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Lessons learned from Phase Shift.

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    Lessons learned from Phase Shift.

    Well, thought I'd pass on the lessons I learned in the process of making Phase Shift, so that other mappers don't fall into the same problems.

    1) Bots suck. Apparently they don't like it if the map is divided into two completely isolated sections and those sections are too far apart. The original version of the map has the bases offset 60,000 UU apart, and you can see what happened with that. Huddling them closer together (20,000 UU) is what ended up fixing the bots. If you are building a map with two completely isolated bases (only accessible by teleporters etc), keep them close together.

    2) Multiple skies. I will update the tutorial soon, but I'll post it here first. If you make the MultiSkyZoneInfo a subclass of ZoneInfo instead of SkyZoneInfo, you can use separate sunlights in the different areas. Just put them in the actual level part, not the skyboxes. Putting the skyboxes at opposite ends of the level, with both of the level parts between them, you will avoid the problem I note in the tutorial where it will flicker between the two if you look at certain angles.

    3) Open collision. The engine doesn't like it. For some of the meshes I made, I originally imported a lower poly version, did a Convert To Brush, then Use Brush As Collision. Since some of these weren't completely solid, the game froze when trying to load the map. Collision for meshes must be a solid structure. The way I worked around it, I turned off all the collision for the visible higher poly mesh, then just left the collision mesh as an actual mesh in the level and set bHidden=True and bShadowCast=False.

    I learned #1 the hard way.

    On my WarpedX map, I had the map divided in two but while
    doing that I had warps positioned so It would give the Illusion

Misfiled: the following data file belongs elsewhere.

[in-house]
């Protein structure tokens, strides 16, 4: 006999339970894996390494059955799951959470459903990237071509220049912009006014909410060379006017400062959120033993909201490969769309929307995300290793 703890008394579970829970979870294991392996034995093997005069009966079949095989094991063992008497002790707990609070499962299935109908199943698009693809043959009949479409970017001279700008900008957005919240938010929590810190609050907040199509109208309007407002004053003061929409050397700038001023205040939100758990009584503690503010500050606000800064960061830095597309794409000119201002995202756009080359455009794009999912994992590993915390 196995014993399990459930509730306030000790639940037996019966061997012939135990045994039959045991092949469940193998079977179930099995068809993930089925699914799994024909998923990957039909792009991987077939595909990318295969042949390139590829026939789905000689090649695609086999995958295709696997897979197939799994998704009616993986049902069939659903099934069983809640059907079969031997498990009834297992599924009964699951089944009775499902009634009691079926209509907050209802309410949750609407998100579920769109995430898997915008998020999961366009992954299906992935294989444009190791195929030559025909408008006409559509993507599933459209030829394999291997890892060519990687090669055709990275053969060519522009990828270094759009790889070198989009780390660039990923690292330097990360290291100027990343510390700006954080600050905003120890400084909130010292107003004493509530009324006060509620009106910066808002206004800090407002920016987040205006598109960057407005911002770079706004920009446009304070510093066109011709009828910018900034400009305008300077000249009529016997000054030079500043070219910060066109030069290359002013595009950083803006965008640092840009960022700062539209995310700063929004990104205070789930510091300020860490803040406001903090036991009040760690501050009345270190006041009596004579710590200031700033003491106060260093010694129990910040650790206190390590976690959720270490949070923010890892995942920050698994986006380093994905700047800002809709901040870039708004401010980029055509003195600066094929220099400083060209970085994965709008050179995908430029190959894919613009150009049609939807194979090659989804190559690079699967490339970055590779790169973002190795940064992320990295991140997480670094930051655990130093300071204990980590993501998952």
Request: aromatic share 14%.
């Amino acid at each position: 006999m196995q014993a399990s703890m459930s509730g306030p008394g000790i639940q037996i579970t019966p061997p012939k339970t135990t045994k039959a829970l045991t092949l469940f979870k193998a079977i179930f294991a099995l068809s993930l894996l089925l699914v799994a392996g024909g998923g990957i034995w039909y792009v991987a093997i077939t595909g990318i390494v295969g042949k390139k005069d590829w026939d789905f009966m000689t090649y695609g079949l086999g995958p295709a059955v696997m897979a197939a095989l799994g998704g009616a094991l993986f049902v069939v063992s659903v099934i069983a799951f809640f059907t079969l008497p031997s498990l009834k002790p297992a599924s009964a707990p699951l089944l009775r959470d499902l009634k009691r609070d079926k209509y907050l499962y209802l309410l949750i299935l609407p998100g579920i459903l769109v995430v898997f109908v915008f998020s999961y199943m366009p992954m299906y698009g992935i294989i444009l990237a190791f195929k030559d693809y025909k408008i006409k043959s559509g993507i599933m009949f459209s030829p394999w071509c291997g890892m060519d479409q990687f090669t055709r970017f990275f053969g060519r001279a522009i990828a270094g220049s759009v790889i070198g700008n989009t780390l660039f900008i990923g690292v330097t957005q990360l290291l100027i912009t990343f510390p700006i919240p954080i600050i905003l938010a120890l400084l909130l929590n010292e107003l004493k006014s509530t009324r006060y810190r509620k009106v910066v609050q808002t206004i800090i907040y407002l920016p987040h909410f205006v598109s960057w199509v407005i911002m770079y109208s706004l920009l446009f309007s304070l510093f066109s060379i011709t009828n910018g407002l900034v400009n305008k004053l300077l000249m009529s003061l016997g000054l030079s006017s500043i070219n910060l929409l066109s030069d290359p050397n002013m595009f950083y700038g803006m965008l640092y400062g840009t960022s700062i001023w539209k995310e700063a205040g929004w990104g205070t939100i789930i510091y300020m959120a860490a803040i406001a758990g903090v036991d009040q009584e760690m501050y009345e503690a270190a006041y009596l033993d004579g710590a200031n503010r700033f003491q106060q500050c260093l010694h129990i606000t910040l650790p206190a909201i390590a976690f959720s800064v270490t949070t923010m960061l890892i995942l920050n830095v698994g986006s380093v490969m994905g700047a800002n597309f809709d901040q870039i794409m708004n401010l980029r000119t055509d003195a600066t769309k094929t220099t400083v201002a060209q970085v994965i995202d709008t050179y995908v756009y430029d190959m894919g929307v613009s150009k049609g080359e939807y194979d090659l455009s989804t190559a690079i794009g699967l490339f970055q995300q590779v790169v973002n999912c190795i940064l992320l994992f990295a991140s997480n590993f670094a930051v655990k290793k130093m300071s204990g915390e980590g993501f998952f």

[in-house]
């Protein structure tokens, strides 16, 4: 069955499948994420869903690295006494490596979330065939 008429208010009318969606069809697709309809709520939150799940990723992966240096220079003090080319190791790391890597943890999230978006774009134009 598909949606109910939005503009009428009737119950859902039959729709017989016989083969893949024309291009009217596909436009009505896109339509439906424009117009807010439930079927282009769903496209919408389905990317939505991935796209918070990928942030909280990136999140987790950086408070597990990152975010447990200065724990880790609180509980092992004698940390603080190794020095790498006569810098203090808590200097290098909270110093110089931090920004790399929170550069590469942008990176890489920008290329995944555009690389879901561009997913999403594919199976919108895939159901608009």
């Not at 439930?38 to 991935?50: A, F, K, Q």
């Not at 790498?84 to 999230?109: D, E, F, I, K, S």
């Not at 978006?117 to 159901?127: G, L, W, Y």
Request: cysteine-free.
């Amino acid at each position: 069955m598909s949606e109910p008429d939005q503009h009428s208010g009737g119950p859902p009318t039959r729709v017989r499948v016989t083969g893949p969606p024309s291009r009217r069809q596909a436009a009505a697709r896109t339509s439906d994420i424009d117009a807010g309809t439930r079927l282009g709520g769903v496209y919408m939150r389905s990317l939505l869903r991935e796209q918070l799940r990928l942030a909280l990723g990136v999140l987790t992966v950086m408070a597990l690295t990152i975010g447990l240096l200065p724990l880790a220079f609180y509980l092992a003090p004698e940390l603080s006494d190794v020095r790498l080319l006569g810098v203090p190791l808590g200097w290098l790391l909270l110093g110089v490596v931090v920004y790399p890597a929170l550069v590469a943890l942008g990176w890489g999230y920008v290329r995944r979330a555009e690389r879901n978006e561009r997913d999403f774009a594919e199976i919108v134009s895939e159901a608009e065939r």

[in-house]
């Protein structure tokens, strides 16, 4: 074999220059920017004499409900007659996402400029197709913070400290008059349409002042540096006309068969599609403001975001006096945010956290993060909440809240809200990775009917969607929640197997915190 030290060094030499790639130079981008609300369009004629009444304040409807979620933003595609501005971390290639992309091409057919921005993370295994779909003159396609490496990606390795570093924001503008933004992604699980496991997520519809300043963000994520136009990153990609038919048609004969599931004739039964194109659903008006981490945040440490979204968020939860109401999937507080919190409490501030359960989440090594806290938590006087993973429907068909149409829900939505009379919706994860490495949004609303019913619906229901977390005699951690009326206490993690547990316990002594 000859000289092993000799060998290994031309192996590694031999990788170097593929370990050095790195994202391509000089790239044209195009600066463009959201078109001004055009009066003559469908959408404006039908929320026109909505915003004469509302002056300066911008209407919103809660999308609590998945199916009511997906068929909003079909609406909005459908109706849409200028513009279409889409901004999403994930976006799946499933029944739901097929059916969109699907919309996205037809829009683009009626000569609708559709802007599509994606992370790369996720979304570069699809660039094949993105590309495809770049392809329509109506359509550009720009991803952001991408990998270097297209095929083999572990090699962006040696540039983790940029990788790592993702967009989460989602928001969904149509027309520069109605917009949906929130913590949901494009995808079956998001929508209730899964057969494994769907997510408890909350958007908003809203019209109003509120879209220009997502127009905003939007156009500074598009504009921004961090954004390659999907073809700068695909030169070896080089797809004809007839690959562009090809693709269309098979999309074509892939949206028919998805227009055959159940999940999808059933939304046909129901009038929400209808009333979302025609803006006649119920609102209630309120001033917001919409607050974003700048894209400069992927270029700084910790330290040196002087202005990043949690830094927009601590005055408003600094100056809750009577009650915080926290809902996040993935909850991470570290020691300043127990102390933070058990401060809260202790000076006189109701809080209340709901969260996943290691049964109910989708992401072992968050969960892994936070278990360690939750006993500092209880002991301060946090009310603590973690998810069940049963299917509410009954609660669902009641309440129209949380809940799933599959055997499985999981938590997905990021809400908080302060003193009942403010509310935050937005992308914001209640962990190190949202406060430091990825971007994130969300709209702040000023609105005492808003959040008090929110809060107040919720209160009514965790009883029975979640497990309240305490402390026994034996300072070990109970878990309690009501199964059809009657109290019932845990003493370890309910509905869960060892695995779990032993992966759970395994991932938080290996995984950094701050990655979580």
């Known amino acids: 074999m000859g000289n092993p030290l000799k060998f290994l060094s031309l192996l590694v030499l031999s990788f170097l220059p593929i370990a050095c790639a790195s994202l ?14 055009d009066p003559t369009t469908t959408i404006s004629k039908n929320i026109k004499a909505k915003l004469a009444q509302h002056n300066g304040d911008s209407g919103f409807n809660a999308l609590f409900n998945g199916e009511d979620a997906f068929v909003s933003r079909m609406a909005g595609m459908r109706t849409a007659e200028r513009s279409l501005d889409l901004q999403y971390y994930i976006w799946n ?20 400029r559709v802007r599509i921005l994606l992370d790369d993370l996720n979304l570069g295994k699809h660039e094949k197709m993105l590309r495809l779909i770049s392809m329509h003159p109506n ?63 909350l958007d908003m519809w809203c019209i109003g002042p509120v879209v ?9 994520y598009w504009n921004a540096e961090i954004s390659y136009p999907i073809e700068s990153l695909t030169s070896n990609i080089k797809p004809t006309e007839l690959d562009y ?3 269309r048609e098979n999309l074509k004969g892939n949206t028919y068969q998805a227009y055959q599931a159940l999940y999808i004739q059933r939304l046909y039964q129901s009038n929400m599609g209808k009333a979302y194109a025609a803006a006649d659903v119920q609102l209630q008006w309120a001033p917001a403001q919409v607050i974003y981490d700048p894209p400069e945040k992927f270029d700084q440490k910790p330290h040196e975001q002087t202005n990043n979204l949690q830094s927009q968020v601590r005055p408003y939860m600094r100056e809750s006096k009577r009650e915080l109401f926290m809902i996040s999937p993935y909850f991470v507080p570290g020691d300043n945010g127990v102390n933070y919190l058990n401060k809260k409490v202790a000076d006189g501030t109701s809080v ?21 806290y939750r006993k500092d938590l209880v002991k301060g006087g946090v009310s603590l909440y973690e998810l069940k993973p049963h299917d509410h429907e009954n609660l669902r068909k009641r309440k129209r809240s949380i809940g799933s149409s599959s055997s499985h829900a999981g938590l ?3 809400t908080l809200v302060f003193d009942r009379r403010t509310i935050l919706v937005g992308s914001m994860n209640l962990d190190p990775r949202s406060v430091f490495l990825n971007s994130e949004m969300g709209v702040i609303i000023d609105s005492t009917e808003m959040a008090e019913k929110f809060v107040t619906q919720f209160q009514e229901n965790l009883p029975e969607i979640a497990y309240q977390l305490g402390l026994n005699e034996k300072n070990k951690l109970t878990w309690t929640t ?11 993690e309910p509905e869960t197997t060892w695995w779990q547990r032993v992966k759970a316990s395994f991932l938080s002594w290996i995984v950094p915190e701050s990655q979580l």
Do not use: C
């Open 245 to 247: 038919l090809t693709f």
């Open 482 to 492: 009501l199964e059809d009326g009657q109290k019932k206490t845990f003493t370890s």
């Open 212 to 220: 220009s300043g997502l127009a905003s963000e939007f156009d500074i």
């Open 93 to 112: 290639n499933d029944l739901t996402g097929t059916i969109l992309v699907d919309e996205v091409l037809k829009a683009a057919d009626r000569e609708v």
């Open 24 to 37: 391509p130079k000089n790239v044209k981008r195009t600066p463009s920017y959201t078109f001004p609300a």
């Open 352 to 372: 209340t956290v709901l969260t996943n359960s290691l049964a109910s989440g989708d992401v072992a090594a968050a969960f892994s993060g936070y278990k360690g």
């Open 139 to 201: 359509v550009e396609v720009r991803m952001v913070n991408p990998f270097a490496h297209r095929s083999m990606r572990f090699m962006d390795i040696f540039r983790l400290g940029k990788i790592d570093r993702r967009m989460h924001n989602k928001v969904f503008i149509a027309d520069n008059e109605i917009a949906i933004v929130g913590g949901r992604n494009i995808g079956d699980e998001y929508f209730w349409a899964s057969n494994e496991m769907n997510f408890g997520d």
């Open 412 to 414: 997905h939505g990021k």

of walking up the walls and on the ceiling.

    The Bots kinda just stood in the same room...
    But super bots if you dont even have the nodes configured
    they will do, almost fine in a map.


      open collision is an EVIL EVIL thing.

      we had some problems with line traces from weapons and realized it was because of a mesh that had open collision.

      its also a good idea to seperate your convex shapes and leave tiny gaps between them for collision.

      when you make a shape, think about how to get the collision you want with as few boxes/cylinders as possible and then make them from brushes that are seperated by 1 unit. then the engine should cut the brushes up very little and give you an extremely simple collision.

      i took a turret base that had an open/semi-simple collision made in MAX... it ended up being 32 primitives. 32!

      in about 20 minutes i vertex edited brushes and simplified it to be 7 collision primitives. :up:

      MUCH faster.

      its also a good idea to use these simplified collisions for physical collision as well as karma.

      and i know you know most of this AM... just posting it for others who dont know as much

      being onsite has its benefits. i've learned more in 4 months of being here than i knew about this tech in over a year of working with it on my own.


        Yeah, I'm learning a lot about the engine from trying to make a PS2 game with it here. :haha: Like, never knew what a lightmap looked like. Having programmers that are nice enough to help you get stuff working online is always good too.